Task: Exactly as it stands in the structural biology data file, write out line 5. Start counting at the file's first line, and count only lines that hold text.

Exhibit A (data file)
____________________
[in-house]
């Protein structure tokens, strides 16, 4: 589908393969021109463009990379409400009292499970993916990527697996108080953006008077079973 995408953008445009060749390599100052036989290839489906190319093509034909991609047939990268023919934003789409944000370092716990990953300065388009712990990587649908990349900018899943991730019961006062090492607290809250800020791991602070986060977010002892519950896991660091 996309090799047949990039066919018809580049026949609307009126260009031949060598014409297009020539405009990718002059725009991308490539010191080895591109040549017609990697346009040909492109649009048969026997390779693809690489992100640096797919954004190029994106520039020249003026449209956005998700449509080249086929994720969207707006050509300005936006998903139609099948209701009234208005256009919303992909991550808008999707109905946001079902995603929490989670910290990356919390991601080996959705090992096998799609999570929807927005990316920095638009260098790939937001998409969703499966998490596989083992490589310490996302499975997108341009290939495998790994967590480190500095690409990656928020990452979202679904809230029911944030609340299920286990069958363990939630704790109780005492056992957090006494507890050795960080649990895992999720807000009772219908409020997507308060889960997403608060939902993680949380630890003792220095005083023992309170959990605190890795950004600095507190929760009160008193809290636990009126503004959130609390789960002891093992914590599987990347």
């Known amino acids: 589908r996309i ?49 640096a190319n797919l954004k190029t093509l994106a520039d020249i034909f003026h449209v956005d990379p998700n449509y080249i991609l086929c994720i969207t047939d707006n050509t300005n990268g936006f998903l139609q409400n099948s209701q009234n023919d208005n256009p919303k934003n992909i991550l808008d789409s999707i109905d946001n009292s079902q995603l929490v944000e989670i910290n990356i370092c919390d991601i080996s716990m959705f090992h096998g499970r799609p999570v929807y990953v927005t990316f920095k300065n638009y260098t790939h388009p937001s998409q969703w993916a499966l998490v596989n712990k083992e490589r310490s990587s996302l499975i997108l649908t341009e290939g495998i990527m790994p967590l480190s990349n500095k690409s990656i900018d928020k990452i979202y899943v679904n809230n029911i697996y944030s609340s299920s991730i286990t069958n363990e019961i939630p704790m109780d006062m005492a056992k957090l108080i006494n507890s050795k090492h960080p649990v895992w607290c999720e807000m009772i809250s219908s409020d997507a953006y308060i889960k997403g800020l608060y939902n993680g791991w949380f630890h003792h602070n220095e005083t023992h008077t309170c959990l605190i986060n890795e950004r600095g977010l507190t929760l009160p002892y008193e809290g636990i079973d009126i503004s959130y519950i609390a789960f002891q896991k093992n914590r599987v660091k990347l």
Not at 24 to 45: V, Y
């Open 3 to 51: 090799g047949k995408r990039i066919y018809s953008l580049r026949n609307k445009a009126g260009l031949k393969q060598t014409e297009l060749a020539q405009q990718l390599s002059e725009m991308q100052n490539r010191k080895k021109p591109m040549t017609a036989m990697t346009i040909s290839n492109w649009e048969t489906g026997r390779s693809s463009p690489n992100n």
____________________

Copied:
């Open 3 to 51: 090799g047949k995408r990039i066919y018809s953008l580049r026949n609307k445009a009126g260009l031949k393969q060598t014409e297009l060749a020539q405009q990718l390599s002059e725009m991308q100052n490539r010191k080895k021109p591109m040549t017609a036989m990697t346009i040909s290839n492109w649009e048969t489906g026997r390779s693809s463009p690489n992100n």